Xie also detailed the measures of this year's fiscal policy.

First, reducing central budget deficits and issuing less treasury bonds for investment (see page 16).

Second, optimizing economic structure. Rural economic development, agriculture and farmers' income; scientific and technological innovation, energy saving and emission reduction; development of the western regions; manufacturing of equipment, transforming old northeastern industrial bases, and sustainable development of resource-exhausted cities are all areas where central budget will increase input. Policies related to export tax rebates, processing trade, and import and export tariffs will be improved to restrain energy-consuming, high-polluting and resource-depleting products from being exported and to encourage exports of high value-added products, as well as imports of energy-saving and resource products. Preferential policies on import tariffs will be used to encourage energy conservation, environmental protection and independent innovation. Overseas investment and operation will also be shored up.

Third, ensuring and improving the people's livelihood. The central budget expenditure structure will be optimized, ensuring that education will be first developed, input to health care will be increased, the social security system will be completed, and the housing problems of low-income urban residents will be solved.

Fourth, stabilizing prices. More support will be given to agricultural production, securing the supply of basic maintenance, to restrain rapid price hikes. In addition, imports of some necessities and supply of reserve materials will be ensured in order to balance market demand and supply and stabilize prices. Meanwhile, subsidy policies to low-income urban groups will be improved and implemented.

Fifth, strengthening taxation administration, adjusting and optimizing expenditure structure, cutting administrative costs and improving the efficiency of central budget.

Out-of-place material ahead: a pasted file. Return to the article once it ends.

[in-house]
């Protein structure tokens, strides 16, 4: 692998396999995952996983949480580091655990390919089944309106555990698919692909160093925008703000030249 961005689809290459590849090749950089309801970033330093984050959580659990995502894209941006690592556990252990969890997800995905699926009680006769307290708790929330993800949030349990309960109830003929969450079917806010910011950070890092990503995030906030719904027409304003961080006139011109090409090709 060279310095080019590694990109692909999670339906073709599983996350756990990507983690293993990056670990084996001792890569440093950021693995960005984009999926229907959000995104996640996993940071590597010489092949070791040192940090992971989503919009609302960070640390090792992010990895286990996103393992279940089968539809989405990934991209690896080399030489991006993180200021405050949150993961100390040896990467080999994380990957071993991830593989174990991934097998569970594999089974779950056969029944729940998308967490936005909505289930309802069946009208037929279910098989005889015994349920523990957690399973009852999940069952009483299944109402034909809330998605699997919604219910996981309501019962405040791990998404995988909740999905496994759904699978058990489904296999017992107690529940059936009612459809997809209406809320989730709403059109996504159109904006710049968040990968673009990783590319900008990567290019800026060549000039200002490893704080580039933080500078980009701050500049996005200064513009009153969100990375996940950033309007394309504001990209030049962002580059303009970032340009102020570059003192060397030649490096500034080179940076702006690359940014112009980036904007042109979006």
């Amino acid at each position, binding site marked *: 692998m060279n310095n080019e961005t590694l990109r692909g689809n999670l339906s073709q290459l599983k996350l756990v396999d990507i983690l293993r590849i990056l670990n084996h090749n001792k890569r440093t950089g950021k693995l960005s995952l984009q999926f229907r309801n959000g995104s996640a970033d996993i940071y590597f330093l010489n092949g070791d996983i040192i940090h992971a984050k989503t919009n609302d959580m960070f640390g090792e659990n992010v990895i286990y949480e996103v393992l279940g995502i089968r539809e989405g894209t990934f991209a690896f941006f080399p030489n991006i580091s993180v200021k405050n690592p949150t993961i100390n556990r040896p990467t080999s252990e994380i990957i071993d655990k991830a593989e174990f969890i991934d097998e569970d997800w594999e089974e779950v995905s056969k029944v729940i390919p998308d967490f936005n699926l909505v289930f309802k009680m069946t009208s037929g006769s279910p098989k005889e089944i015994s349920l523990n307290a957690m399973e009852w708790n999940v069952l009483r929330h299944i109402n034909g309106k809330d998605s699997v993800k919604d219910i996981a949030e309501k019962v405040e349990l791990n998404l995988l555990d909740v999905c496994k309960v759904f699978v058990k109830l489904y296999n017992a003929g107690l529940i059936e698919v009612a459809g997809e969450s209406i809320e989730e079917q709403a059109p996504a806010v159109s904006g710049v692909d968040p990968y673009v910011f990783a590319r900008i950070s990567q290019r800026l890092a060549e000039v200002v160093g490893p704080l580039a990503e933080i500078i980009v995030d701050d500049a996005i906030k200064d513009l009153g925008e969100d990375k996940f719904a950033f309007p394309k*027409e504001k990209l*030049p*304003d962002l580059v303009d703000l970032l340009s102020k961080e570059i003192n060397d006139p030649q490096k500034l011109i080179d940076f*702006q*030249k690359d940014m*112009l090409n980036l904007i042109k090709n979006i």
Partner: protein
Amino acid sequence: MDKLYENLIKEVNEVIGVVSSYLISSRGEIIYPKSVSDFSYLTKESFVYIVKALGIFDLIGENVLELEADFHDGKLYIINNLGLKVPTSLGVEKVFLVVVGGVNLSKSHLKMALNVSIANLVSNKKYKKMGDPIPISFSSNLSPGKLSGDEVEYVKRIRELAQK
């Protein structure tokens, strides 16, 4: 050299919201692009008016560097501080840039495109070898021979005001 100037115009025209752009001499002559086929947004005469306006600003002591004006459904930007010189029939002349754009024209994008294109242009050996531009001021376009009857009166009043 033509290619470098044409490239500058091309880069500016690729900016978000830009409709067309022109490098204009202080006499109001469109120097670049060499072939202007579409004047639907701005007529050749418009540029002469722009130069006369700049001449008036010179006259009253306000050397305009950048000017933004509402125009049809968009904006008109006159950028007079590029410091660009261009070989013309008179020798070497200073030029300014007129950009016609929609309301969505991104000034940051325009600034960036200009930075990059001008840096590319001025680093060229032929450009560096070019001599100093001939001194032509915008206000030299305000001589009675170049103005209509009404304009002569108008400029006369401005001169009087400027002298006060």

Monetary policy challenges

"China has maintained steady economic growth over the past five years, which also means that the monetary policy has had good effect," said Zhou. "But now, new challenges, such as domestic price hikes and the influence of the U.S. subprime mortgage crisis, are appearing."

To curb inflation, faster yuan appreciation may help, but cannot become the major means, said Zhou. "Inflation control mainly relies on domestic policies, including a tight monetary policy as well as various measures."

Zhou denied that checking inflation would become a major reason for fluctuations in the yuan exchange rate.

Zhou also said that there is still room for further interest rate hikes, but the costs and benefits of these-as well as the timing and degree of the adjustment-need to be considered.

The U.S. interest rate cuts did affect China, but only partially, Zhou said. China has to consider many domestic factors, such as stimulating domestic demand and encouraging direct financing in the capital market.

With regard to the U.S. subprime mortgage crisis, Zhou said that although its direct impact on China's financial institutions was not severe because of their small investment scale, further indirect impact on the Chinese economy could not be underestimated.

He said changes within the global economy and in international trade caused by the downturn of the U.S. economy may affect China's economy. "Interest rate cuts by the U.S. Federal Reserve will also affect China's interest rates or its monetary policy since interest rates of all countries are more mutually dependent than before," Zhou said.